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How many community volunteers fit into an elevator?

I’m in Chicago; you’d know if you could see the teeth chattering, and feel the frozen ear lobes, fingers, and nose of anyone venturing outside in the single-digit (F) temperatures this weekend. I was outside part of Friday, Friday night, and had a short walk Saturday night, all reminding me why I only lived here a few years. The purpose of my visit, along with hundreds of other Americas SAP Users Group volunteers, was to plan the year, catch some training, and network extensively.  We had some high points and low points in our first full day meeting.

 

Travel to the Windy City was fairly uneventful, which is what you want in the middle of the winter.  Other than some deicing in Baltimore, and a brisk walk off the jetway, it hardly seemed that cold (though seeing Lake Michigan partly frozen can’t be ignored).  I left early in the day to minimize delay risks, which worked out.  After I go to the hotel, my mobile challenges began.  First the hotel wanted an exorbitant fee for wireless connection, so I skipped that and started to set up the Droid phone I’ve had a few months as a mobile hotspot.  It started to work fine, but then the connection dropped.  When I went to clean up the connection profiles on my laptop, it froze. After rebooting both the phone and the PC, I found I could not reconnect to the hotspot; the profile configuration database was corrupt.  Fortunately the Droid could get onto the internet and I found instructions to manually remove the profiles and start over.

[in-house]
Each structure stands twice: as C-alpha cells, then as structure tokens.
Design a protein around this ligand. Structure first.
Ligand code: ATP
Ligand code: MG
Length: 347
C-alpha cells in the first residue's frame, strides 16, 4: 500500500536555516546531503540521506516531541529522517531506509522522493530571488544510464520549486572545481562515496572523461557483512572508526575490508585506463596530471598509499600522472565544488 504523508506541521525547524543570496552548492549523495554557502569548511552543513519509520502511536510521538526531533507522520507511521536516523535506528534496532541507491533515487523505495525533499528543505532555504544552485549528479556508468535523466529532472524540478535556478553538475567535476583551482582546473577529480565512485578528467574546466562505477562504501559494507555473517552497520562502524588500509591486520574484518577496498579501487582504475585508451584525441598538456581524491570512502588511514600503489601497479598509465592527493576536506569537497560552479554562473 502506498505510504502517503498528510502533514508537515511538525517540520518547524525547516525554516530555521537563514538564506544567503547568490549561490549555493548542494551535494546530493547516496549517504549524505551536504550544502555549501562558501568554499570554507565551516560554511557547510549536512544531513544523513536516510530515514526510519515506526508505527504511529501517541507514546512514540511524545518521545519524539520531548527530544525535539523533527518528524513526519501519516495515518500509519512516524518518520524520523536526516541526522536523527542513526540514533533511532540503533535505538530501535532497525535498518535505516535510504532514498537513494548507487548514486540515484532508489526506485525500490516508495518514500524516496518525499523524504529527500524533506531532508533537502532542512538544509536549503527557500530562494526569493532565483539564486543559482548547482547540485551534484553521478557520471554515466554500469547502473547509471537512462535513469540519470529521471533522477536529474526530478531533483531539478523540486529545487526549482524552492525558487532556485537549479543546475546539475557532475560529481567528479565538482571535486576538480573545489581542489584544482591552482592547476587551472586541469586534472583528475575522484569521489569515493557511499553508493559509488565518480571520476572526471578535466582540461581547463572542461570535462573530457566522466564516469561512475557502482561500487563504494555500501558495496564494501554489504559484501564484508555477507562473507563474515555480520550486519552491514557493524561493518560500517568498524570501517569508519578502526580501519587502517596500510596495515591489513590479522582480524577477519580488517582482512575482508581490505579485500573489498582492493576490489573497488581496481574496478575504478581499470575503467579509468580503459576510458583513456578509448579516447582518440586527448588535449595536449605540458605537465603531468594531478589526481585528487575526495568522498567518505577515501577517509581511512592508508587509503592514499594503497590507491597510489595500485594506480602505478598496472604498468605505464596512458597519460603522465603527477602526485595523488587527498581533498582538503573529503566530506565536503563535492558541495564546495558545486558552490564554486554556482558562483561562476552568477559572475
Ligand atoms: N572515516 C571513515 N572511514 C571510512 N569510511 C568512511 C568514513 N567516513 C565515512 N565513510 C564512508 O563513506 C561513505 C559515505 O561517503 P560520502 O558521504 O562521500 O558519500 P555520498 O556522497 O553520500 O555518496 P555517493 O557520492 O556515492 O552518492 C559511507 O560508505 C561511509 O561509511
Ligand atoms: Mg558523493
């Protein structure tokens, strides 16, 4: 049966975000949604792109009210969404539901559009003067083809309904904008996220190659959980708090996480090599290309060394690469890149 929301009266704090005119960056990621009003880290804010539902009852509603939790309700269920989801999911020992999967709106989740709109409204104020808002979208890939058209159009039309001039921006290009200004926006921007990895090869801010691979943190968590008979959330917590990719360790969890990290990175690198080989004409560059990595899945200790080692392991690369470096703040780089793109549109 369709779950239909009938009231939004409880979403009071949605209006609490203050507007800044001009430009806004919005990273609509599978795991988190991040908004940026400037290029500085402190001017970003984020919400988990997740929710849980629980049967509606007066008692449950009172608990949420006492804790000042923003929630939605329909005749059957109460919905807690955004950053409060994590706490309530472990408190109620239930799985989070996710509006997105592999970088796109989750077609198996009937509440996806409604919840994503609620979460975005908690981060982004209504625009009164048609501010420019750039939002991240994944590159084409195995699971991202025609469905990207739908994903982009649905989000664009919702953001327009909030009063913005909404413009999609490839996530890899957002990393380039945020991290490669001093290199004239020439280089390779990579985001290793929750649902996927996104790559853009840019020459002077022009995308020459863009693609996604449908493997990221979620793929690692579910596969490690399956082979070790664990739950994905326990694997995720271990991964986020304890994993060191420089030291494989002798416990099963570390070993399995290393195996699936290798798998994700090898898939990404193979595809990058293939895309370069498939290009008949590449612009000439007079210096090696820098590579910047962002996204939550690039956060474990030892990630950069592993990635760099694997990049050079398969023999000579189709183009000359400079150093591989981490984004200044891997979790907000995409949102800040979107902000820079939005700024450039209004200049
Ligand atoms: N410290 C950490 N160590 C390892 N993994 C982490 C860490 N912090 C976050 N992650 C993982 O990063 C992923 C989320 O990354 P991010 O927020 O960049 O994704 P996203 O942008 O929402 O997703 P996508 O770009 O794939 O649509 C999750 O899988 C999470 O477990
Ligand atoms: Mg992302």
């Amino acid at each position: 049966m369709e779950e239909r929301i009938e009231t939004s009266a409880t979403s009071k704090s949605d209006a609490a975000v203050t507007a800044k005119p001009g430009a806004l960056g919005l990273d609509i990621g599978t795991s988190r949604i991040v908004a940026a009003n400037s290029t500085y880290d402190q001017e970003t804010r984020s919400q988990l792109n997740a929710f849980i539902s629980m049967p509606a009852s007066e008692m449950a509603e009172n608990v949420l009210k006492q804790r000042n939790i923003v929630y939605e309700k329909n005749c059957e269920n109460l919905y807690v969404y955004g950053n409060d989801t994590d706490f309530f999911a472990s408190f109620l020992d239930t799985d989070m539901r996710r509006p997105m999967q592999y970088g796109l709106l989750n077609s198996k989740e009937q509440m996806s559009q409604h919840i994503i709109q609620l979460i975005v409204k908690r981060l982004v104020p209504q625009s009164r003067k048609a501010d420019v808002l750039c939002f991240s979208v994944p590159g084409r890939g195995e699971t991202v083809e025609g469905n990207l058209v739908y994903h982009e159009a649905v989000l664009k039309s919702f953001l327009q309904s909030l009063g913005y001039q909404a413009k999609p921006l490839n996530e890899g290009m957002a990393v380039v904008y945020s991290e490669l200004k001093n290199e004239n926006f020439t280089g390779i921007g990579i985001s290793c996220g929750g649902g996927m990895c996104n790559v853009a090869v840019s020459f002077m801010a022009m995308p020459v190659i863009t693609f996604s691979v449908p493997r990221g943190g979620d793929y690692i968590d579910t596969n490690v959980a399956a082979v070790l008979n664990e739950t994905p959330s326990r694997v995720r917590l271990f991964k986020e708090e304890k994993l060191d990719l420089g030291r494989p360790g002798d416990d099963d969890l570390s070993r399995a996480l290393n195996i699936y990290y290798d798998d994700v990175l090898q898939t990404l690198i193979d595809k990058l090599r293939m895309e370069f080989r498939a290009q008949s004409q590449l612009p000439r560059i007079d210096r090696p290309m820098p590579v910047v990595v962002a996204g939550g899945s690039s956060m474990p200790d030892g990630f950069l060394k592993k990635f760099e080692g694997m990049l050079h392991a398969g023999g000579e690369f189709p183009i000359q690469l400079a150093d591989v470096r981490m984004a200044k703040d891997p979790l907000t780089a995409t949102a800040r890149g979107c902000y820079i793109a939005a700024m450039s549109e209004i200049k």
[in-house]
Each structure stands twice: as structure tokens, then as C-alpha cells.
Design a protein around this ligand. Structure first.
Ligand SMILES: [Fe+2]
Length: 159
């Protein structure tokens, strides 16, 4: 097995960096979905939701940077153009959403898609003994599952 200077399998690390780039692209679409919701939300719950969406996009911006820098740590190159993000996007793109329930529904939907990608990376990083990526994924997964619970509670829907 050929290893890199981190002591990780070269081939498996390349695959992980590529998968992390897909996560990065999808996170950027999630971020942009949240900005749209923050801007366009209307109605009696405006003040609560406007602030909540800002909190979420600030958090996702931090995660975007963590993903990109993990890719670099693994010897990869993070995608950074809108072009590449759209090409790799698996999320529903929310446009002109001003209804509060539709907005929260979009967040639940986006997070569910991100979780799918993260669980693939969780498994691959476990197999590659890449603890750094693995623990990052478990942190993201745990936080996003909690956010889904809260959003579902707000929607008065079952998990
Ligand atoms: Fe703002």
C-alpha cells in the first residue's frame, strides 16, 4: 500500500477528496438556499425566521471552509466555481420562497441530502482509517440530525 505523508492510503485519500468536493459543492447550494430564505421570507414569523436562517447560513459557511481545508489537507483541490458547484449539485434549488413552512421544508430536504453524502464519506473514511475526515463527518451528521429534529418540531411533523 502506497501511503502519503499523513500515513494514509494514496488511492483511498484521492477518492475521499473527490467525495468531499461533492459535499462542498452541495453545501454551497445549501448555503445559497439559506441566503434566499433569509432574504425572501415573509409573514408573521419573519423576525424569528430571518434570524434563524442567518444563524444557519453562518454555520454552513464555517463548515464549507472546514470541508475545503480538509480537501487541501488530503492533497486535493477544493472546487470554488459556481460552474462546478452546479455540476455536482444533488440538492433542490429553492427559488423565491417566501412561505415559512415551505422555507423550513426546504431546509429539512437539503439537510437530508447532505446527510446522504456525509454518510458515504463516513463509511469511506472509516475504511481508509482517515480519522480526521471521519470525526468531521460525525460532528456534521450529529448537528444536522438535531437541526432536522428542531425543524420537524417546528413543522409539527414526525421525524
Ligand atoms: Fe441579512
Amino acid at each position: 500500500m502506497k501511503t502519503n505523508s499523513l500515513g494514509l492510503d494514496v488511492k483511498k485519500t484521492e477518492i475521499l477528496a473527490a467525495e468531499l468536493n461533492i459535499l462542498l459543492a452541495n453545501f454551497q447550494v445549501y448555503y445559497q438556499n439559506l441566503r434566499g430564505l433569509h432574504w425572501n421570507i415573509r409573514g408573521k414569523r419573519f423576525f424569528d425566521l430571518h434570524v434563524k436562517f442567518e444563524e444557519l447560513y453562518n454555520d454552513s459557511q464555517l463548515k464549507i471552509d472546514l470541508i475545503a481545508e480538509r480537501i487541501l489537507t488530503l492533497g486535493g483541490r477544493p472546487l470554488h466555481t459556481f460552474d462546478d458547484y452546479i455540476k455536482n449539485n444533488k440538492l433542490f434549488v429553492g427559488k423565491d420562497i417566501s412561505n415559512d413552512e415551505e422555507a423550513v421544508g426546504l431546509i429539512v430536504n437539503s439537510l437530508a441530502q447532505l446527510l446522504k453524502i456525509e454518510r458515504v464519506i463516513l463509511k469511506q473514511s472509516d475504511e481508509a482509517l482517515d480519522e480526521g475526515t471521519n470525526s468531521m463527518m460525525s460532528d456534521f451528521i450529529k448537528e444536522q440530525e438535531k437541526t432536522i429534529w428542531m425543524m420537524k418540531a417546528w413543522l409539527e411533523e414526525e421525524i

The wireless began to work, although I experienced one fault after the other. Most seemed to be on the phone more than the PC, but not entirely.  The series of screenshots below shows the normal progression, but it doesn’t show the times when the phone rebooted after being connected for a few minutes, nor the freeze when trying to shut off the hotspot.  I also found that a voice connection trumps the data connection (Hello, Sue?), though it seems data resumed flowing after we hung up.  I managed to upload a few things, and deal with personal and professional email.  But fighting technical battles when Friday night dinner and networking were planned seemed a loss (happened again trying to post this blog).

 

Friday night, we visited two Chicago institutions, a deep dish pizza restaurant, and the Billy Goat Tavern, the latter being frequented by reporters back in the days when Chicago had four (4!) daily newspapers, and later gaining fame as the source of a recurring Saturday Night Live skit.  Pulitzer Prize winners meet the fictional Blues Brothers.

 

The first 2 shots below show the part of the keynote I attended, with Anthony Bosco, head of the ASUG Board of Directors speaking.  Because I woke up too early and could not get back to sleep, I posted a blog on ASUG with some commentary from our team pizza dinner (the inaudible and the Business Objects patch discussion are standouts – search for both on my ASUG blog if you’re a member).  The upload of the audio files and formatting the links took some time, meaning I fell back to sleep and would have missed breakfast, if not for the intervention of Gina Marchese.

The primary speaker, Bill Benjamin, was thought provoking yet not too dry.  His reference to the Marshmallow Study was not known to many in the audience; I’ll let others write up more in-depth studies of his talk.